Thanksgiving weekend has traditionally been highly lucrative for retailers, but this year saw another drop in spending specifically on Black Friday. In the meantime, online shopping continues to soar, and the weeks leading up to Thanksgiving weekend provided consumers with deep-discount sales. In short, the weekend itself is becoming less valuable to the average consumer. But how does consumer sentiment match up with this shift in behavior? How do perceptions of the 2014 holiday season differ from those of years past and consumers’ initial expectations?
As part of our recent research efforts, we leveraged Forrester’s Technographics® 360 multimethodology research approach to gain a better understanding of consumers’ shopping habits (using our ConsumerVoices Market Research Online Community) and to track online conversation and sentiment relative to Black Friday and Cyber Monday leading up to the holidays and afterwards (using NetBase aggregated social listening data).
In the first season of the hugely popular CBS Undercover Boss series, GSI Commerce founder and CEO Michael Rubin went undercover for a week in one of his firm’s eCommerce distribution centers to find out what it was really like to work on the front lines. Last week, SucharitaMulpuru and I were invited by eBay Enterprise to follow in Michael's footsteps and go work the floor in one of eBay Enterprise’s (formerly GSI Commerce) largest eCommerce distribution centers at the peak of the holiday shopping season. Now luckily we didn’t have to wear any stick on facial hair as we weren’t actually undercover, but we did put in a grueling four hour shift: picking, sorting and packing online orders (yes they made us work).
The experience was fascinating, humbling and a reminder that you can have the best eCommerce website in the world, but it means nothing on Cyber Monday unless you can get those orders out to your customers in time. So what did we observe from our brief career change?
Firstly, I hope all my American colleagues and friends are enjoying Thanksgiving. Happy holidays everyone!
I especially hope that all the IT professionals who work in the consumer retail markets get some rest because this coming Monday is Cyber Monday, one of the biggest days for online shopping transactions in the business year. Cyber Monday is part of the holiday season, which Forrester defines as November through December, and as our recent retail forecast report for 2013 points out, we expect online sales to top $78 billion in the US alone. Cyber Monday is not just a US event though; even in the UK, spending is forecast by Sage Pay to be more than £500m for this one day alone.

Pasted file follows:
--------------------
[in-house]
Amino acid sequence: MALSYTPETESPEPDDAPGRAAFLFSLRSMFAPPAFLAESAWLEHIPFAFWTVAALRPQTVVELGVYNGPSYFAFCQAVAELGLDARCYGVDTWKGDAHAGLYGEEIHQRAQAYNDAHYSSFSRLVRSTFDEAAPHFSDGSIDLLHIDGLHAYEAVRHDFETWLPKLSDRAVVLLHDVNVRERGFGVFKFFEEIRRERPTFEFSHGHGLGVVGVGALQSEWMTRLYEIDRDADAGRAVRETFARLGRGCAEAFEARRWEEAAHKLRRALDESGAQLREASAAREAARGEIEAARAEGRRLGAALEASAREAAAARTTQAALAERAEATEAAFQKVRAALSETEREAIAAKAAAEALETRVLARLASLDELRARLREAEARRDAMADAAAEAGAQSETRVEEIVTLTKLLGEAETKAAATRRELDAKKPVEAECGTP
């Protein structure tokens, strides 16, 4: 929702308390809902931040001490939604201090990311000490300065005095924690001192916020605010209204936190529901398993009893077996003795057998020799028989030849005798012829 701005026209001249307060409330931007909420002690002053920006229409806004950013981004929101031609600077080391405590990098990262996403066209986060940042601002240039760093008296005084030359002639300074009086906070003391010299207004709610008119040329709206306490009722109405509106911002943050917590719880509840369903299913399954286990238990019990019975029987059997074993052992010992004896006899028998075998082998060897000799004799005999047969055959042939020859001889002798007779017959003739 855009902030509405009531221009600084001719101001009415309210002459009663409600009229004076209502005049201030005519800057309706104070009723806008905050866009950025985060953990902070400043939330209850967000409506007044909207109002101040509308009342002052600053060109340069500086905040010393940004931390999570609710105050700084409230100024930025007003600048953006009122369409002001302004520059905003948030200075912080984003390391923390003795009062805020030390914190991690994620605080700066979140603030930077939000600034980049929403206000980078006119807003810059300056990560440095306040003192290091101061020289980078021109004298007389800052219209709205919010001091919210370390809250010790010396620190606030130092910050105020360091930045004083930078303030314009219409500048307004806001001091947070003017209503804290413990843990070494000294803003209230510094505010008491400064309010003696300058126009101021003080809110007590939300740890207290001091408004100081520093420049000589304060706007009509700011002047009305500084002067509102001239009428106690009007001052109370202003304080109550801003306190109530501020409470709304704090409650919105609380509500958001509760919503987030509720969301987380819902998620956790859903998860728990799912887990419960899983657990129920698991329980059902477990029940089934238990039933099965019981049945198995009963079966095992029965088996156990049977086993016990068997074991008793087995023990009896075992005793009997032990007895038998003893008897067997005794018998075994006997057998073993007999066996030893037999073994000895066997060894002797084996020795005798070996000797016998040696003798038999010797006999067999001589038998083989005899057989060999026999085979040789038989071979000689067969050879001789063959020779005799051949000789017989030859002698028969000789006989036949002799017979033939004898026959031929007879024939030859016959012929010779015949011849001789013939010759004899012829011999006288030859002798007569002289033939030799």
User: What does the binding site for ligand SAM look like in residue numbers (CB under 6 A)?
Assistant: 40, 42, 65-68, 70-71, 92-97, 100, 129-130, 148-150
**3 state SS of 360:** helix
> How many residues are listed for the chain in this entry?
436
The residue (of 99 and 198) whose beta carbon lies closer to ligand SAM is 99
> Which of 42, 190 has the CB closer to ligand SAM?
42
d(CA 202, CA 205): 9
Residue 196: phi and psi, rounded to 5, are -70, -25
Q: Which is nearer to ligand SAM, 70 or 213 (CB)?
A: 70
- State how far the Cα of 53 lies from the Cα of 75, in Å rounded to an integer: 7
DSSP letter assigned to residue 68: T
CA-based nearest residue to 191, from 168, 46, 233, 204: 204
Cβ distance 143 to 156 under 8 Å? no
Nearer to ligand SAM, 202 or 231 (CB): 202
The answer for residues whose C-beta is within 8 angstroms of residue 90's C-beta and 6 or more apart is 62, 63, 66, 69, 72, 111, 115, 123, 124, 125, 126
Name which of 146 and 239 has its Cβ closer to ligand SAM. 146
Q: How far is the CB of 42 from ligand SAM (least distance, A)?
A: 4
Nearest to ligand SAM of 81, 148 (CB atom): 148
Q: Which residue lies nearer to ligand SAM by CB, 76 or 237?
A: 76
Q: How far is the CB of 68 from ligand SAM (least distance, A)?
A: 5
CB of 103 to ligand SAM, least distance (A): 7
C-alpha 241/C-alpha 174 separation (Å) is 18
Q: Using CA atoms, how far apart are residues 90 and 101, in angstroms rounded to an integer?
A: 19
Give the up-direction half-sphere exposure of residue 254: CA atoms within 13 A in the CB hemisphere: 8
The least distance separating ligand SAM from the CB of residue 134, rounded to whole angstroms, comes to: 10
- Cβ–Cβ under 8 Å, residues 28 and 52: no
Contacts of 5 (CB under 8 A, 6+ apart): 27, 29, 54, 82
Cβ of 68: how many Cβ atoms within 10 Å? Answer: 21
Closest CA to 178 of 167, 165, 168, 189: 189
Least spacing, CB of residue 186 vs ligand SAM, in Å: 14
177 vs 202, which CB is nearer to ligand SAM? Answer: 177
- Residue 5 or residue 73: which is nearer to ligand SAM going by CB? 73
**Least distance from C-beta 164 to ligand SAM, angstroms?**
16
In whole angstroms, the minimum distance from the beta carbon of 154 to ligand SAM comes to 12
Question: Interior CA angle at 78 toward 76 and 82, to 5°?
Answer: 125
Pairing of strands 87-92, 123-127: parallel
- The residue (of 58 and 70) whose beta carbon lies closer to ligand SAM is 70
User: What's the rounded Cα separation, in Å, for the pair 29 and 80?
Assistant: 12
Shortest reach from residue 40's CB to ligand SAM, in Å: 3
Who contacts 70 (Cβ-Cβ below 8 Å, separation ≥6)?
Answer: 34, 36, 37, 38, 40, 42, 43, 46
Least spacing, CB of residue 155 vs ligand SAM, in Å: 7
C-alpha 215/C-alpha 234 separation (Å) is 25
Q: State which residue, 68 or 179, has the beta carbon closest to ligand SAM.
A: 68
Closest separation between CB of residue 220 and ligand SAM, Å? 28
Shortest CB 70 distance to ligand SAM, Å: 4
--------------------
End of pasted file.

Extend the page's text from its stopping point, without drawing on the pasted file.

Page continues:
These figures highlight how digital our world has become. There is no need to go out in the cold or the rain as purchases can be made via mobile devices at any time or anywhere. This move to the digital world means that for many consumer retail companies, their websites and increasingly their mobile apps are now key to their success as they are becoming a major revenue and brand image contributor.
Enough with the Groupon madness this week. Let’s talk about things that actually impact our businesses. Like holidays sales to date, and in particular, a quick post-mortem on Cyber Monday now that the week is over. Forrester fielded some questions to consumers in conjunction with Bizrate Insights (the findings will be available in full to clients in a few weeks) and here are some quick takeaways as teasers:
Most people don’t buy on Cyber Monday (though many would like to), so the Cyberweek deals like Amazon has are always a good idea. 62% of the 3,200 shoppers we surveyed said that they didn’t shop on Cyber Monday.
Of those who shopped but did not buy (45% of shoppers who were trolling eCommerce sites on Cyber Monday!), 28% wanted to buy but didn’t see any products that they wanted. Product selection is king.
Social, schmocial. Not such a big deal yet. Only 7% of people who found deals on Cyber Monday found them through social networks or Twitter, versus 51% who found them from emails from the retailer.
Some people live under rocks. Kidding. But one-fifth of the people who didn’t shop on Cyber Monday said “They didn’t know there was anything special about that day.” How that is possible I have no idea, but I’ll give them the benefit of the doubt and assume they don’t have time in their lives to squander away time online like the rest of us. But for anyone really wondering what this “special day” is about, check out this link (see the full slideshow here) — these are screen shots of the top 50 merchants’ home pages from this past Monday.